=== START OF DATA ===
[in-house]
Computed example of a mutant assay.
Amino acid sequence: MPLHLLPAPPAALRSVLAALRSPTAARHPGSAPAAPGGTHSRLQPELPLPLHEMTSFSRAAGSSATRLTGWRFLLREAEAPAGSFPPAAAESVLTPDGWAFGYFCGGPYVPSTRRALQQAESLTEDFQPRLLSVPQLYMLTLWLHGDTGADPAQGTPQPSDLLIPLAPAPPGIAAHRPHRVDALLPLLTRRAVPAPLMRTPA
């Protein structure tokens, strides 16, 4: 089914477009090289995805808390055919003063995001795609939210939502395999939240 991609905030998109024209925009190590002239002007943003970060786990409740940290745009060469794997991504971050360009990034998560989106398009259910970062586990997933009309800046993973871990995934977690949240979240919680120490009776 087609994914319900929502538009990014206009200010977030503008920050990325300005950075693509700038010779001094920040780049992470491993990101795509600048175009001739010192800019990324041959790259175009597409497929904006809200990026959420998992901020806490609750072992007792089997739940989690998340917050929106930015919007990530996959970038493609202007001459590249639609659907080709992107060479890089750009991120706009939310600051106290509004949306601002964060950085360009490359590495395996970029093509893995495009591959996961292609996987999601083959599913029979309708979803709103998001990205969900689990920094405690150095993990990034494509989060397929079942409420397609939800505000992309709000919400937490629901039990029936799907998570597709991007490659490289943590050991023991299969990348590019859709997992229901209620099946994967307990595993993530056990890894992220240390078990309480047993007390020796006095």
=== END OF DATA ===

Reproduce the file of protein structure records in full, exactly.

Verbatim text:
[in-house]
Computed example of a mutant assay.
Amino acid sequence: MPLHLLPAPPAALRSVLAALRSPTAARHPGSAPAAPGGTHSRLQPELPLPLHEMTSFSRAAGSSATRLTGWRFLLREAEAPAGSFPPAAAESVLTPDGWAFGYFCGGPYVPSTRRALQQAESLTEDFQPRLLSVPQLYMLTLWLHGDTGADPAQGTPQPSDLLIPLAPAPPGIAAHRPHRVDALLPLLTRRAVPAPLMRTPA
């Protein structure tokens, strides 16, 4: 089914477009090289995805808390055919003063995001795609939210939502395999939240 991609905030998109024209925009190590002239002007943003970060786990409740940290745009060469794997991504971050360009990034998560989106398009259910970062586990997933009309800046993973871990995934977690949240979240919680120490009776 087609994914319900929502538009990014206009200010977030503008920050990325300005950075693509700038010779001094920040780049992470491993990101795509600048175009001739010192800019990324041959790259175009597409497929904006809200990026959420998992901020806490609750072992007792089997739940989690998340917050929106930015919007990530996959970038493609202007001459590249639609659907080709992107060479890089750009991120706009939310600051106290509004949306601002964060950085360009490359590495395996970029093509893995495009591959996961292609996987999601083959599913029979309708979803709103998001990205969900689990920094405690150095993990990034494509989060397929079942409420397609939800505000992309709000919400937490629901039990029936799907998570597709991007490659490289943590050991023991299969990348590019859709997992229901209620099946994967307990595993993530056990890894992220240390078990309480047993007390020796006095």